FDA Unveils Safe Use Initiative that Targets Preventable Harm from Medication Use
The Food and Drug Administration today announced the Safe Use Initiative, a
program aimed at reducing the likelihood of preventable harm from medication use.
Millions of people are harmed every year from inappropriate medication use. Many
injuries occur as a result of incomplete access to information about a drug, a
patient, or the patient’s condition. Other preventable sources of harm include
unintentional misuse of medications, medication abuse, and attempts at self harm.
Unintended exposure to prescription medications such as opioid drugs can cause
harm, even death, in a single dose, if taken by someone other than the patient
who was prescribed the medication.
More detailed information on the new program was contained in a report,
titled, “FDA’s Safe Use Initiative – Collaborating to Reduce Preventable Harm from
Medicines.” The report was released by Drs. Hamburg and Woodcock at FDA’s
annual Science Writers Symposium at the agency’s White Oak Campus in Silver
Spring, MD. As outlined in the report, the FDA intends to collaborate with health
care professionals and other stakeholders to identify drugs and drug classes that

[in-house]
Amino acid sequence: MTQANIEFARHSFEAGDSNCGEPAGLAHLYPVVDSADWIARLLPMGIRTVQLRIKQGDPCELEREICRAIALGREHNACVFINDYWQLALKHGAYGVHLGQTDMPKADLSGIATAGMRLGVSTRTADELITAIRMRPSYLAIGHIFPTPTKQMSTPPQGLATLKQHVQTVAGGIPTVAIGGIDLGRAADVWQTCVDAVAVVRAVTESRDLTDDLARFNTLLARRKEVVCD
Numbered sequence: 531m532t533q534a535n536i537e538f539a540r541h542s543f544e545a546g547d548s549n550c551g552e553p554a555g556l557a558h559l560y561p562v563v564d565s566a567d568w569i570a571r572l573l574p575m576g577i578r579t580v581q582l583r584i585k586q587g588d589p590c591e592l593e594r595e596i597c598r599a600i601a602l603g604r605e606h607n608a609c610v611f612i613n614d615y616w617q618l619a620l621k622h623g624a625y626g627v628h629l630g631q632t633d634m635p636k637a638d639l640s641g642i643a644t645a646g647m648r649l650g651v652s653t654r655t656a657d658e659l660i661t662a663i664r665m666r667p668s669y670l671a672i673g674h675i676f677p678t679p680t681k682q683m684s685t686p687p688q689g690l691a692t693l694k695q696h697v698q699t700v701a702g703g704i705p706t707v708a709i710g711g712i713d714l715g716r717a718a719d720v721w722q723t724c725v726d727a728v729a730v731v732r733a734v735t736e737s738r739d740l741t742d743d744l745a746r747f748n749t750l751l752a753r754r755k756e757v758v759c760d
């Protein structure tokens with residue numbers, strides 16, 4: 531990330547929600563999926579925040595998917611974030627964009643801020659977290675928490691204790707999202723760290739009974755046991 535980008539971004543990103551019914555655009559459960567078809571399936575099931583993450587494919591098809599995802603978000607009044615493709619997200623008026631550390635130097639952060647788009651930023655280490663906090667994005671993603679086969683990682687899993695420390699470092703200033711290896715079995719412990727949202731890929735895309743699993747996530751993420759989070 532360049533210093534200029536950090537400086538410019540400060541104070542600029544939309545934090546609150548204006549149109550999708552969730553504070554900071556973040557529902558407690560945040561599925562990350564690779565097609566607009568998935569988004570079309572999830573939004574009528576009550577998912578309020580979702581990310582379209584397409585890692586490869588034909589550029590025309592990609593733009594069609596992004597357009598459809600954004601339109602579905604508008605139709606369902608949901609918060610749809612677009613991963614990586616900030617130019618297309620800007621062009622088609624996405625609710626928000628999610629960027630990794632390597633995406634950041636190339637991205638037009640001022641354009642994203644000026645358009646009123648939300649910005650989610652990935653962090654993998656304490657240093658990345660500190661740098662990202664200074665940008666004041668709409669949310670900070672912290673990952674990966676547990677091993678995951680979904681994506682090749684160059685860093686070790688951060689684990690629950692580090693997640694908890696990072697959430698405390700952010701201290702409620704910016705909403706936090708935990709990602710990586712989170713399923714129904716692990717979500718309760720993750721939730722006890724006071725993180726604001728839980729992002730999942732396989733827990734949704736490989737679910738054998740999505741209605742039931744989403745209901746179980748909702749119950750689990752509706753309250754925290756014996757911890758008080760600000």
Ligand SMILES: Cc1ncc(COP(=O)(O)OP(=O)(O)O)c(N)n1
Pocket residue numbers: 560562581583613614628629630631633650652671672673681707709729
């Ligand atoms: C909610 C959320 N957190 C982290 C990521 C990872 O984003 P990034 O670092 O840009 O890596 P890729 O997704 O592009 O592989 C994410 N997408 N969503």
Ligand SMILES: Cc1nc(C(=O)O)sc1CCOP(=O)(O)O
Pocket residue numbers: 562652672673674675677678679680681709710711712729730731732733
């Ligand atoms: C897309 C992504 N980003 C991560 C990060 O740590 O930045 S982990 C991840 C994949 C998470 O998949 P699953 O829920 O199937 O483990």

are linked to preventable harm. A list of specific problems, cross-sector
interventions for reducing harm from these problems, and the metrics for success
will be developed.
The report highlights several risk-reduction projects that may benefit from Safe
Use collaborations, including evaluating Consumer Medication Information (CMI),
communicating about the risk of inadvertent overexposure to acetaminophen,
implementing safeguards against surgery fires caused by alcohol-based surgical
preps, and avoiding contamination of multiple use medication vials.
To further advance the Safe Use Initiative, the FDA intends to hold a series of
public meetings to gather feedback as the candidate list is being developed and
will open a public docket to receive comments on the report and proposed
NCPIE encourages healthcare professionals and community groups to foster patient–professional communication about medicines. However, NCPIE does not supervise or endorse the activities of any group or professional. Discussion and action concerning medicines are solely the responsibility of the patient and their healthcare professionals, and not NCPIE.
Please consult a licensed health care professional with questions or concerns about your medication and/or condition.